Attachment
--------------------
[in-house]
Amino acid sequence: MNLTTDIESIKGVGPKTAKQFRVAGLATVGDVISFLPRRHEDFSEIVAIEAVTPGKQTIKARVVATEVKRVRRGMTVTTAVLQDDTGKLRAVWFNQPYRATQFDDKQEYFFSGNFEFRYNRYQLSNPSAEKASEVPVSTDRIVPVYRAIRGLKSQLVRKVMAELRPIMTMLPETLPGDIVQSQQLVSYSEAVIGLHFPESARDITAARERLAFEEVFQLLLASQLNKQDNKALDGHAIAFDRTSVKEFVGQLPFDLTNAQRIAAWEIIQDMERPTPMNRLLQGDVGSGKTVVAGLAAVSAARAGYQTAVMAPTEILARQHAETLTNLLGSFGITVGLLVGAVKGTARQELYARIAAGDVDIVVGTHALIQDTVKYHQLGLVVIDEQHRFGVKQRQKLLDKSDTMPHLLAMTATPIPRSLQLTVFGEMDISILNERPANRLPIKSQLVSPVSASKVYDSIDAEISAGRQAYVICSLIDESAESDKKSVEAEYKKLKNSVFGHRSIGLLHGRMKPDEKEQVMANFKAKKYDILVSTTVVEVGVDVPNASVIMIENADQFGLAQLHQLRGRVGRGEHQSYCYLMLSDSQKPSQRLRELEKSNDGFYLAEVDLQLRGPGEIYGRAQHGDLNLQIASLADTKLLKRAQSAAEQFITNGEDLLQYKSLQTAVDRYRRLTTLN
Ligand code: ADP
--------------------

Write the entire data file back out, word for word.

[in-house]
Amino acid sequence: MNLTTDIESIKGVGPKTAKQFRVAGLATVGDVISFLPRRHEDFSEIVAIEAVTPGKQTIKARVVATEVKRVRRGMTVTTAVLQDDTGKLRAVWFNQPYRATQFDDKQEYFFSGNFEFRYNRYQLSNPSAEKASEVPVSTDRIVPVYRAIRGLKSQLVRKVMAELRPIMTMLPETLPGDIVQSQQLVSYSEAVIGLHFPESARDITAARERLAFEEVFQLLLASQLNKQDNKALDGHAIAFDRTSVKEFVGQLPFDLTNAQRIAAWEIIQDMERPTPMNRLLQGDVGSGKTVVAGLAAVSAARAGYQTAVMAPTEILARQHAETLTNLLGSFGITVGLLVGAVKGTARQELYARIAAGDVDIVVGTHALIQDTVKYHQLGLVVIDEQHRFGVKQRQKLLDKSDTMPHLLAMTATPIPRSLQLTVFGEMDISILNERPANRLPIKSQLVSPVSASKVYDSIDAEISAGRQAYVICSLIDESAESDKKSVEAEYKKLKNSVFGHRSIGLLHGRMKPDEKEQVMANFKAKKYDILVSTTVVEVGVDVPNASVIMIENADQFGLAQLHQLRGRVGRGEHQSYCYLMLSDSQKPSQRLRELEKSNDGFYLAEVDLQLRGPGEIYGRAQHGDLNLQIASLADTKLLKRAQSAAEQFITNGEDLLQYKSLQTAVDRYRRLTTLN
Ligand code: ADP